I have always been a writer though sometimes much more in my head than on paper. I firmly believe that time served in the imagination counts. In retirement, I finally found the time and energy to set down on paper the stories that had been impatiently tapping at the edge of my consciousness throughout the chaotic years of teaching and parenting.
When I was diagnosed with Parkinson’s Disease, just months before learning that my husband was living with a younger-onset form of dementia, writing became an urgent need. Nothing focuses brain cells more effectively than the fear of losing them.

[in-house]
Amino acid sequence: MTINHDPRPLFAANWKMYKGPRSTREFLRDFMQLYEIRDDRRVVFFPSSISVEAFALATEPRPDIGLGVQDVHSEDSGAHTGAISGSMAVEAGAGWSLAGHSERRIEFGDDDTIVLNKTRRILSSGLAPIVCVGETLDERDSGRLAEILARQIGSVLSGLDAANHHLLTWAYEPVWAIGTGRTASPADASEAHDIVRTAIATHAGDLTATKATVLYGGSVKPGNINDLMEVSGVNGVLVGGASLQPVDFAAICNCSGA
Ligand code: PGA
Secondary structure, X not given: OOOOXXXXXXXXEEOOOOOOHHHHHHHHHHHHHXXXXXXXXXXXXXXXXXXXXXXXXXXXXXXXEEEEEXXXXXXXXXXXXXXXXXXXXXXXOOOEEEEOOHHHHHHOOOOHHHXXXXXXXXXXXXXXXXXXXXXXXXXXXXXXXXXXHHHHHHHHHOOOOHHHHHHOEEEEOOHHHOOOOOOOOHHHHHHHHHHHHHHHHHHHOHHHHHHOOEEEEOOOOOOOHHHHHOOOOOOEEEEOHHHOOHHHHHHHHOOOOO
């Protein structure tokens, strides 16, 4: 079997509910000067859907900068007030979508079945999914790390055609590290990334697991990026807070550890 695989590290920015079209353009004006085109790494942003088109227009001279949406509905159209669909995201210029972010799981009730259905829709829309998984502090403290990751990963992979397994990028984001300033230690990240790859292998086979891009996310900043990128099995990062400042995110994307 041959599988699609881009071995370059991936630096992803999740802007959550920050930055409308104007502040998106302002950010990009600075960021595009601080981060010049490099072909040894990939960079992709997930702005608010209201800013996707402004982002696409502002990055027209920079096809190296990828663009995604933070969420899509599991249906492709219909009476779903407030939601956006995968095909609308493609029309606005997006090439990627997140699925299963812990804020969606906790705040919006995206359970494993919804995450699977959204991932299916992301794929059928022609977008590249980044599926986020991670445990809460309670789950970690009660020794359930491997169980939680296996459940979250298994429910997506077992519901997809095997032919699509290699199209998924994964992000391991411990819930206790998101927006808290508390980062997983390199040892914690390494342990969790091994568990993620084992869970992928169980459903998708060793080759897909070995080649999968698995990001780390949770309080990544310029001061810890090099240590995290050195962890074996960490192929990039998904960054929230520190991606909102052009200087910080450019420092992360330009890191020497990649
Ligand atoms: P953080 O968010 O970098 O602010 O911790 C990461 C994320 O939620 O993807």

SHINING WILLOW AWARD | SHORT-LISTED
CBC BEST BOOKS | COMMENDED
CBC CREATIVE NON-FICTION PRIZE | WINNER
“My writing celebrates the things that matter most to me: family, friendship, and the natural world. It is how I make sense of a life that feels, at times, uncomfortably unpredictable; it is how I express gratitude for the abundant beauty in the world around me and in the hearts of those I love.”